I honestly don’t know if George is coming back or not. I don’t know if the offers from Eastern Conference teams he’s using as leverage are real or not, I don’t know if he’s really serious about leaving his family in Southern California, and I don’t know if the Clippers will ultimately cave and adjust their offer to keep him. Here’s what I do know: free agency is starting Sunday at 6pm Eastern Time, with or without the Clippers and George. Even if he stays, but especially if he leaves, the Clippers are going to have work to do, and they’re going to need to be ready to pull the trigger on subsequent moves once his future is decided. Here’s what that looks like, first if he returns and then if he does not.

What’s next if George stays?

The short of it is that there isn’t much that the Clippers can do with George back. In both scenarios, we’re going to assume that James Harden also re-signs with the Clippers, as there’s been very little noise to suggest otherwise. Let’s put him at a team-friendly 3 years and $100M, though realistically I think that number could push higher. Let’s also say that regardless of what George’s full deal looks like, he’s starting at $50M for next season. The result is a team that is $13.4M over the second apron 11 players. That number is going to get a little worse when the Clippers round out the roster, even taking into account some savings for Cam Christie compared to a veteran’s minimum. Even if the Clippers dumped the contracts of PJ Tucker ($11.5M) and Russell Westbrook ($4M) for nothing, which they don’t have the assets to do via trade, they’d still have to go over the second apron to fill out the roster with a bunch of minimum salaries (remember, being over the second apron next year is fine, as long as the team is built in such a way where they can be under going forward).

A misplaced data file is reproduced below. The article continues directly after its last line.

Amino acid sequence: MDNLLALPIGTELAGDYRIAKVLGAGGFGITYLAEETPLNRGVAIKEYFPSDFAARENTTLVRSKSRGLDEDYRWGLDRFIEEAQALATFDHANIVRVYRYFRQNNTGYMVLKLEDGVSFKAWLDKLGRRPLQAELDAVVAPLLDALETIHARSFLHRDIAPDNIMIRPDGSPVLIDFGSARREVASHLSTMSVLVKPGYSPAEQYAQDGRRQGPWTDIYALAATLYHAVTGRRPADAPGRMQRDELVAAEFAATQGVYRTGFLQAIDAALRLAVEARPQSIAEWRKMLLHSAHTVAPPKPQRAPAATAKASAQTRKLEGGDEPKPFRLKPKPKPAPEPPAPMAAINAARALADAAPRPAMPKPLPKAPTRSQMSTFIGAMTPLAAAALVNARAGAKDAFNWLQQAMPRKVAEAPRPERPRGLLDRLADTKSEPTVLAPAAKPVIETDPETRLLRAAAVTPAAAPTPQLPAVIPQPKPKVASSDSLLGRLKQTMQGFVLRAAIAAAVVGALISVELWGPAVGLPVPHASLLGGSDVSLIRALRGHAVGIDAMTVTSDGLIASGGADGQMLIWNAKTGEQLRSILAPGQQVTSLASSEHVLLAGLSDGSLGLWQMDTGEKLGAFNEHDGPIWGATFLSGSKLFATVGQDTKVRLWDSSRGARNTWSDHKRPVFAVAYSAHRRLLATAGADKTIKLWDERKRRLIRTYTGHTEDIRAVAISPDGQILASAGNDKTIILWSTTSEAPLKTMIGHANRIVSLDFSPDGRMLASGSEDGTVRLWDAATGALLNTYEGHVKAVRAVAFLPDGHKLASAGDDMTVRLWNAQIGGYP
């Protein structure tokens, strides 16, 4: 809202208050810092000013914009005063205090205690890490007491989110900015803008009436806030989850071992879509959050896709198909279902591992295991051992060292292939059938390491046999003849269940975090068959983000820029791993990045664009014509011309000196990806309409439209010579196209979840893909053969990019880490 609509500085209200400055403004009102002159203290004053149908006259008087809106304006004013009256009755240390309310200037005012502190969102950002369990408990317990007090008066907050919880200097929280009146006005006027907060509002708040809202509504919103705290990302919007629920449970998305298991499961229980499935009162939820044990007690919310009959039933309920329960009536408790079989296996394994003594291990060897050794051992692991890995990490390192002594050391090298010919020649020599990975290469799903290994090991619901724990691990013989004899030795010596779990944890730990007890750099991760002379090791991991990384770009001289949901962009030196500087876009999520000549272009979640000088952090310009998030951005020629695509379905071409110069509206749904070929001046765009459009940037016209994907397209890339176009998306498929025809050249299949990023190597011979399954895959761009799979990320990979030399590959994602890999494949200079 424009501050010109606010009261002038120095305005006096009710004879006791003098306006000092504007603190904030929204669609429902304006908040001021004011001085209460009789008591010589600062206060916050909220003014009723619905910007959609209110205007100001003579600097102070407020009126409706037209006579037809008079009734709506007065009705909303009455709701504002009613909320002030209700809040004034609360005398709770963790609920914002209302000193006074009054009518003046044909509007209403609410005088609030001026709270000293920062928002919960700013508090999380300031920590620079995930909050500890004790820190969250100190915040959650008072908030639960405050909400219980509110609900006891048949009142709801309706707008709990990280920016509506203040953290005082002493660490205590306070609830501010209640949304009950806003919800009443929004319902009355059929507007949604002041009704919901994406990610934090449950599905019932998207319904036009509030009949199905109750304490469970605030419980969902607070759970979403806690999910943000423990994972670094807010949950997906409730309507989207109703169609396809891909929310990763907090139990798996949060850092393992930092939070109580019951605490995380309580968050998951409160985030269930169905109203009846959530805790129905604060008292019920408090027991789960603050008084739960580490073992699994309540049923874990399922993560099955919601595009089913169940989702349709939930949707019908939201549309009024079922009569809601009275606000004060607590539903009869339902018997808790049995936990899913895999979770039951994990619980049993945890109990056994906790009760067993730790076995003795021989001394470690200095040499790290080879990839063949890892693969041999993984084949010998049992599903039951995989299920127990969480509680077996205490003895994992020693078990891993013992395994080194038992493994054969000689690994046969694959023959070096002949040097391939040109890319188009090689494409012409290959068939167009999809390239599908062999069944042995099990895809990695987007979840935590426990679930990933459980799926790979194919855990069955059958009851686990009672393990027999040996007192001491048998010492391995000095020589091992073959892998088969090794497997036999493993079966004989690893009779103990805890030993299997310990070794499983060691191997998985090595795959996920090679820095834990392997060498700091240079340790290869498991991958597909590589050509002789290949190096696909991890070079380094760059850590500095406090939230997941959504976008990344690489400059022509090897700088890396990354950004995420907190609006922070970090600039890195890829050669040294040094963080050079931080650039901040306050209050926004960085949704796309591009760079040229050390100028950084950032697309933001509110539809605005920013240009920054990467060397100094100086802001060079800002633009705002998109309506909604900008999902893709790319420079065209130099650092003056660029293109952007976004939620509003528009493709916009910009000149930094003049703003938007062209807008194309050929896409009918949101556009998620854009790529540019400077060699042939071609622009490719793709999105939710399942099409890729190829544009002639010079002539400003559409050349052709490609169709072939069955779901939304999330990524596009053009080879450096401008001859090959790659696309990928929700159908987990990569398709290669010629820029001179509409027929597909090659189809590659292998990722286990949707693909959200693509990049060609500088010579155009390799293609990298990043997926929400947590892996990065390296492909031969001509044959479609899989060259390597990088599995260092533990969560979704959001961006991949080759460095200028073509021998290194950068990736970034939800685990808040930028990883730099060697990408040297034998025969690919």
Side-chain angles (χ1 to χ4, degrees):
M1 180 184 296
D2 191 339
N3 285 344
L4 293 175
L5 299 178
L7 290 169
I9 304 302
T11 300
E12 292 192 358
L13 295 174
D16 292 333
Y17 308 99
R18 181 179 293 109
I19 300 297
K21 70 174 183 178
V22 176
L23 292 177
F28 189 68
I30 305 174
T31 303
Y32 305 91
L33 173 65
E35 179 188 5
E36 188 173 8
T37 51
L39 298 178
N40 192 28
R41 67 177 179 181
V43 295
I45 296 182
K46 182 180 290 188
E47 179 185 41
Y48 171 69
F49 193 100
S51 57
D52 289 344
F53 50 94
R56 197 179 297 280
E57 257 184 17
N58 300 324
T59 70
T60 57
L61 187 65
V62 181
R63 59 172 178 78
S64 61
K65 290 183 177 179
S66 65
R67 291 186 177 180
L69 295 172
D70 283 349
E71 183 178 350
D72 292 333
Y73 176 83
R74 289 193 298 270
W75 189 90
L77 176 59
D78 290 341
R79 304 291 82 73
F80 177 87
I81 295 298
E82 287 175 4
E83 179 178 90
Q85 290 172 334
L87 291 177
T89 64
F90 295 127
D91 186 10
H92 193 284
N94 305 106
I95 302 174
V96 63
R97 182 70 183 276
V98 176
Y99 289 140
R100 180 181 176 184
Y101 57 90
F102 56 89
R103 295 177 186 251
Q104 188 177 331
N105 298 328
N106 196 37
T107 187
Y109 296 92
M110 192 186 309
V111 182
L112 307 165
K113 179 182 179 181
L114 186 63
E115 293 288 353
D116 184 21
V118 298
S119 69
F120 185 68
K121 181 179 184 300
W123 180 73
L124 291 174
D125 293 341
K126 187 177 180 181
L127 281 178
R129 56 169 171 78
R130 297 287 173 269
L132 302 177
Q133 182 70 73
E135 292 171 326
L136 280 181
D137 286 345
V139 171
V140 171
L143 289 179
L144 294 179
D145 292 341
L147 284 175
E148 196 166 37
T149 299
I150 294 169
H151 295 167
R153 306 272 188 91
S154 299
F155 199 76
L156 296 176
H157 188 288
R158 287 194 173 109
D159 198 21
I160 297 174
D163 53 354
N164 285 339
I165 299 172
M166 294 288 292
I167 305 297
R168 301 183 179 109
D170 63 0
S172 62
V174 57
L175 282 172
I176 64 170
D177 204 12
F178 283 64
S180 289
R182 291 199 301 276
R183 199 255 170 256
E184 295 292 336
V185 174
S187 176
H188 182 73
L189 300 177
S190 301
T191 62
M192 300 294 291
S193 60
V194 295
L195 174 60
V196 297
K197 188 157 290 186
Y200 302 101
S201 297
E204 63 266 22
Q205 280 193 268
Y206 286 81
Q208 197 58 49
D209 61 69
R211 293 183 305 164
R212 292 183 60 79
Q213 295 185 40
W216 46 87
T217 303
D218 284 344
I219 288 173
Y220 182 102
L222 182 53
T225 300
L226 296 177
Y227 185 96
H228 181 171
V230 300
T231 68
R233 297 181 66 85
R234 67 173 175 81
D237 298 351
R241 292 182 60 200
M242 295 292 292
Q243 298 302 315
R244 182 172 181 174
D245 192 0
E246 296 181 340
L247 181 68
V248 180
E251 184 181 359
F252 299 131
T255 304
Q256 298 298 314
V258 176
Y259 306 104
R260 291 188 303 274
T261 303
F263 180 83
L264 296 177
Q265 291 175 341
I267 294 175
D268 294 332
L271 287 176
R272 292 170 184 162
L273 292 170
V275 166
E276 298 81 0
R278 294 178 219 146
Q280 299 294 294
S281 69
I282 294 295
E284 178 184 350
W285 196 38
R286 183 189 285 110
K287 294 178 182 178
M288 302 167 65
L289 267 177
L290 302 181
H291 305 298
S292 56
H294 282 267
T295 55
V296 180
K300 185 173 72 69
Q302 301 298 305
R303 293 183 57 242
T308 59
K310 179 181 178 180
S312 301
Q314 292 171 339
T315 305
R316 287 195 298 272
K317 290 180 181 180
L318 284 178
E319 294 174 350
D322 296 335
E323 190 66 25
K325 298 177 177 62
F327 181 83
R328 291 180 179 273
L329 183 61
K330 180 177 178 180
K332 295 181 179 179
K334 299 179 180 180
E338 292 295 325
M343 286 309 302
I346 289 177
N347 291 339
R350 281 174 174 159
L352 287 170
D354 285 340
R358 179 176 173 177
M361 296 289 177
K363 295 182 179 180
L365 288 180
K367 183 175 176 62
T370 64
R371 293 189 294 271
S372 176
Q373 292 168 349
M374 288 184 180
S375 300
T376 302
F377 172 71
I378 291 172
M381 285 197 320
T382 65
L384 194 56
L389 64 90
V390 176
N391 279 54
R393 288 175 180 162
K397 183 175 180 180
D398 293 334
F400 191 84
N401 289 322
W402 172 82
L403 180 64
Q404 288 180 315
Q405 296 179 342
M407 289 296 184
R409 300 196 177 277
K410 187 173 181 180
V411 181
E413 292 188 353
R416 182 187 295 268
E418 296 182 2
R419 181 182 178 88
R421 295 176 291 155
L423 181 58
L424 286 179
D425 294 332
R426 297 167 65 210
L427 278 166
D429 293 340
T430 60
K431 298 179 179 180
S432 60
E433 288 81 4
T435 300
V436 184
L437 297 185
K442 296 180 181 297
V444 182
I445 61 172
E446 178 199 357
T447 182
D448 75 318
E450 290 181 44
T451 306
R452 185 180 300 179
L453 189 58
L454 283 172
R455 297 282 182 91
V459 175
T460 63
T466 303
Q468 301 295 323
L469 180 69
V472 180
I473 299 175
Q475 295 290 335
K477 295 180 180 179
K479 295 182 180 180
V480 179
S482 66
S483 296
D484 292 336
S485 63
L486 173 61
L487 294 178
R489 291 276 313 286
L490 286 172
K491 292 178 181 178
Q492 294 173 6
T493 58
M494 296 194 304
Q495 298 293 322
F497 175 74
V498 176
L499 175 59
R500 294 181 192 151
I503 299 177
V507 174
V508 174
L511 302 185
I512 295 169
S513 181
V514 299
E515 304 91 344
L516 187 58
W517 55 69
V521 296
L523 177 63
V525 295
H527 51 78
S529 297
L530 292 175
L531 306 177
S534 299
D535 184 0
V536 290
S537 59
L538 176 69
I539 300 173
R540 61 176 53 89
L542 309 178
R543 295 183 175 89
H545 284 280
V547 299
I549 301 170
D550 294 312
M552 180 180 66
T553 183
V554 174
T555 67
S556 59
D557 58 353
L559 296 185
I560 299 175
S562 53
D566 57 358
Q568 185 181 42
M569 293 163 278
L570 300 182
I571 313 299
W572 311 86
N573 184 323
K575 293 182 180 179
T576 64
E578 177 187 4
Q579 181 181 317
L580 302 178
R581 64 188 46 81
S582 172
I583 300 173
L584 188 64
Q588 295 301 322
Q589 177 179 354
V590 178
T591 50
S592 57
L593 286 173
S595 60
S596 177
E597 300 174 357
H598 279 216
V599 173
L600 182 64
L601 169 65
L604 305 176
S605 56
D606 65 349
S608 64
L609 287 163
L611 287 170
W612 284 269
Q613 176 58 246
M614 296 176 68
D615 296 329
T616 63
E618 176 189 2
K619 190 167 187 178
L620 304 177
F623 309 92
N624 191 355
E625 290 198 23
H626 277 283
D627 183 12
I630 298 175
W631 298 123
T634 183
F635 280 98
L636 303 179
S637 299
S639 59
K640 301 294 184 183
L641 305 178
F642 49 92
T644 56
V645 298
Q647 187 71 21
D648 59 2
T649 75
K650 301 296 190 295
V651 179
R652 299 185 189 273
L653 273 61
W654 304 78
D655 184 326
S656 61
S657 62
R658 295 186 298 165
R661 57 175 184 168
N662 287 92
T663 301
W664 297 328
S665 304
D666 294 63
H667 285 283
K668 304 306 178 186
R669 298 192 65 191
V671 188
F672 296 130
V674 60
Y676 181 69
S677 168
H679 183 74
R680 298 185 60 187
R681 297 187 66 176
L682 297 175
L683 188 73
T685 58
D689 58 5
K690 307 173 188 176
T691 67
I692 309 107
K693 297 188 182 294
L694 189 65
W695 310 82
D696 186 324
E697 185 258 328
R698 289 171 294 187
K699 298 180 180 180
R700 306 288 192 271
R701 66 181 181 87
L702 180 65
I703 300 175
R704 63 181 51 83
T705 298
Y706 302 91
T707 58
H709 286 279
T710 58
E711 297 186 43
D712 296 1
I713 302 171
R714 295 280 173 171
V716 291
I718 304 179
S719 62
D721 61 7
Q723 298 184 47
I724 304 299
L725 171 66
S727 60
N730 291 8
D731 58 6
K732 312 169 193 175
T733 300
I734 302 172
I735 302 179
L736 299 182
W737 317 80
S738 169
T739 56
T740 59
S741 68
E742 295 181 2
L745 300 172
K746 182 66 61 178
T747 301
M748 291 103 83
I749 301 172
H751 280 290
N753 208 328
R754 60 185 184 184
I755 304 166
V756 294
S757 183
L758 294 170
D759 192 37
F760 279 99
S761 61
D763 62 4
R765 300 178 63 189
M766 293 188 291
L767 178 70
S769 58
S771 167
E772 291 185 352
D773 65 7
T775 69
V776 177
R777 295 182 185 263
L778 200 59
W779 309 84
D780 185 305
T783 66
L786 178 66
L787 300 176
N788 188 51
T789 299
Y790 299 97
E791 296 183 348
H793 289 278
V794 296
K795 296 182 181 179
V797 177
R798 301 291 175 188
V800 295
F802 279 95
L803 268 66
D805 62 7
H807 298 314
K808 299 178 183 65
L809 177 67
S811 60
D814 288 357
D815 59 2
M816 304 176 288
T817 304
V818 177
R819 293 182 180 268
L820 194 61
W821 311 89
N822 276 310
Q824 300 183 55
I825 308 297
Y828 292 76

Being over the second apron means that the team’s only free agency tool is the minimum salary, and trade flexibility is extremely limited. Second apron teams don’t get normal trade math on their side, meaning that anyone the Clippers trade for must make the same or less than the player LAC sends out, to the dollar. Second apron teams also cannot aggregate salaries in a trade, meaning that the Clippers can’t combine two smaller contracts to return one larger one. That John Collins fantasy? Gone. He makes $26.5M, and no Clipper outside of the big 3 makes more than Norm Powell’s $19.2M. Norm’s contract could return a range of PF options, though all feel to me either unattainable with the Clippers’ limited assets or unappealing for the Clippers’ needs: Harrison Barnes, Bojan Bogdanovic, Jonathan Isaac, Rui Hachimura, Davis Bertans, and a few others. It’s hard for me to fully sell myself on teams wanting Powell’s expensive contract, with $20M on the books for 2025-26, back, let alone giving the Clippers a quality player as well. The Clipper with trade value is Terance Mann, but his $11.4M salary can’t bring back many qualified PF candidates, and I wouldn’t call him expendable to this group. Also, as a second apron team, the Clippers’ 2031 first round pick will be “frozen” and cannot be included in trades–which is probably for the team’s own good.